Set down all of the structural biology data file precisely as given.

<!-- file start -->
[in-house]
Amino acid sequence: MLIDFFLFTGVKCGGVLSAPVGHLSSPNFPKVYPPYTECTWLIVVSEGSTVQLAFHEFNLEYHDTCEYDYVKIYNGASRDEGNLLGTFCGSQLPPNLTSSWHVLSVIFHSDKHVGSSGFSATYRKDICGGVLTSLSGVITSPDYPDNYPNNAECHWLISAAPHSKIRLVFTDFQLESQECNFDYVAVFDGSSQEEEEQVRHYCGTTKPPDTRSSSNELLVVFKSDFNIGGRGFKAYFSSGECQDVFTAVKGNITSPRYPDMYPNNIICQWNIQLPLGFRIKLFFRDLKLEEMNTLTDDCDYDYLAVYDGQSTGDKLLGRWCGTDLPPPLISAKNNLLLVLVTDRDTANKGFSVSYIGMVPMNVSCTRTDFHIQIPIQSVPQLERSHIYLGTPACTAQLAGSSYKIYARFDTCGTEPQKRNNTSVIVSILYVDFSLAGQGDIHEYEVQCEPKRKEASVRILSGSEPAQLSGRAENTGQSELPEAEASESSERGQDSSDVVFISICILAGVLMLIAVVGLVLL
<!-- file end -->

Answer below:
[in-house]
Amino acid sequence: MLIDFFLFTGVKCGGVLSAPVGHLSSPNFPKVYPPYTECTWLIVVSEGSTVQLAFHEFNLEYHDTCEYDYVKIYNGASRDEGNLLGTFCGSQLPPNLTSSWHVLSVIFHSDKHVGSSGFSATYRKDICGGVLTSLSGVITSPDYPDNYPNNAECHWLISAAPHSKIRLVFTDFQLESQECNFDYVAVFDGSSQEEEEQVRHYCGTTKPPDTRSSSNELLVVFKSDFNIGGRGFKAYFSSGECQDVFTAVKGNITSPRYPDMYPNNIICQWNIQLPLGFRIKLFFRDLKLEEMNTLTDDCDYDYLAVYDGQSTGDKLLGRWCGTDLPPPLISAKNNLLLVLVTDRDTANKGFSVSYIGMVPMNVSCTRTDFHIQIPIQSVPQLERSHIYLGTPACTAQLAGSSYKIYARFDTCGTEPQKRNNTSVIVSILYVDFSLAGQGDIHEYEVQCEPKRKEASVRILSGSEPAQLSGRAENTGQSELPEAEASESSERGQDSSDVVFISICILAGVLMLIAVVGLVLL